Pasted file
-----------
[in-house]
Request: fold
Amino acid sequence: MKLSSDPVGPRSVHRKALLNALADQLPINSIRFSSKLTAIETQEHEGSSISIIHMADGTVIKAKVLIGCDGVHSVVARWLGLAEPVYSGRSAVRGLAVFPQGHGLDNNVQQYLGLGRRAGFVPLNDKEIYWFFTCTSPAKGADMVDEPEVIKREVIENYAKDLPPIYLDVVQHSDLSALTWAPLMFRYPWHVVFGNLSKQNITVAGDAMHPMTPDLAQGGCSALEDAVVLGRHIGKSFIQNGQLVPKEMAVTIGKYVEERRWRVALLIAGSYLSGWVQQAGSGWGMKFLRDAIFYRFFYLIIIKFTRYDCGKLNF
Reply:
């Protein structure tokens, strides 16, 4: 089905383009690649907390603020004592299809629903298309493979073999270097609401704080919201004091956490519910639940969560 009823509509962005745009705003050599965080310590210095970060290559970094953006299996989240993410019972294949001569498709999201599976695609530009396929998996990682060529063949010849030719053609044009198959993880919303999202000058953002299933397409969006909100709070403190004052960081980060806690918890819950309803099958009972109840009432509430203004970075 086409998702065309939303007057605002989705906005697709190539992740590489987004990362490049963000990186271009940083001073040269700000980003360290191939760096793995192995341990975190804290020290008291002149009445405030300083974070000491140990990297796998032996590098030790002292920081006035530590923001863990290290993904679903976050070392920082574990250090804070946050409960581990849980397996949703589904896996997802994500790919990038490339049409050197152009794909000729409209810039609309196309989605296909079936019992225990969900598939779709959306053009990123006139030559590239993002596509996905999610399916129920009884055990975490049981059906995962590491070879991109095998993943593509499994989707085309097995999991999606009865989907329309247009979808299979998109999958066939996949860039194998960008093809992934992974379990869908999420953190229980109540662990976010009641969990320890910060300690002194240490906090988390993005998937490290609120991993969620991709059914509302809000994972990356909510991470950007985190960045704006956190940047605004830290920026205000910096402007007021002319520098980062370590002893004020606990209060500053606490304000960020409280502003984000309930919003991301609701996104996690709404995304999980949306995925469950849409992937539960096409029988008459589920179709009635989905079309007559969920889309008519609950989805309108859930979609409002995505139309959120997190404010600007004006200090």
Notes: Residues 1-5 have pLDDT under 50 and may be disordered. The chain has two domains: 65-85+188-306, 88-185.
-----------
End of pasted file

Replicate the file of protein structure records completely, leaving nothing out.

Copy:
[in-house]
Request: fold
Amino acid sequence: MKLSSDPVGPRSVHRKALLNALADQLPINSIRFSSKLTAIETQEHEGSSISIIHMADGTVIKAKVLIGCDGVHSVVARWLGLAEPVYSGRSAVRGLAVFPQGHGLDNNVQQYLGLGRRAGFVPLNDKEIYWFFTCTSPAKGADMVDEPEVIKREVIENYAKDLPPIYLDVVQHSDLSALTWAPLMFRYPWHVVFGNLSKQNITVAGDAMHPMTPDLAQGGCSALEDAVVLGRHIGKSFIQNGQLVPKEMAVTIGKYVEERRWRVALLIAGSYLSGWVQQAGSGWGMKFLRDAIFYRFFYLIIIKFTRYDCGKLNF
Reply:
């Protein structure tokens, strides 16, 4: 089905383009690649907390603020004592299809629903298309493979073999270097609401704080919201004091956490519910639940969560 009823509509962005745009705003050599965080310590210095970060290559970094953006299996989240993410019972294949001569498709999201599976695609530009396929998996990682060529063949010849030719053609044009198959993880919303999202000058953002299933397409969006909100709070403190004052960081980060806690918890819950309803099958009972109840009432509430203004970075 086409998702065309939303007057605002989705906005697709190539992740590489987004990362490049963000990186271009940083001073040269700000980003360290191939760096793995192995341990975190804290020290008291002149009445405030300083974070000491140990990297796998032996590098030790002292920081006035530590923001863990290290993904679903976050070392920082574990250090804070946050409960581990849980397996949703589904896996997802994500790919990038490339049409050197152009794909000729409209810039609309196309989605296909079936019992225990969900598939779709959306053009990123006139030559590239993002596509996905999610399916129920009884055990975490049981059906995962590491070879991109095998993943593509499994989707085309097995999991999606009865989907329309247009979808299979998109999958066939996949860039194998960008093809992934992974379990869908999420953190229980109540662990976010009641969990320890910060300690002194240490906090988390993005998937490290609120991993969620991709059914509302809000994972990356909510991470950007985190960045704006956190940047605004830290920026205000910096402007007021002319520098980062370590002893004020606990209060500053606490304000960020409280502003984000309930919003991301609701996104996690709404995304999980949306995925469950849409992937539960096409029988008459589920179709009635989905079309007559969920889309008519609950989805309108859930979609409002995505139309959120997190404010600007004006200090």
Notes: Residues 1-5 have pLDDT under 50 and may be disordered. The chain has two domains: 65-85+188-306, 88-185.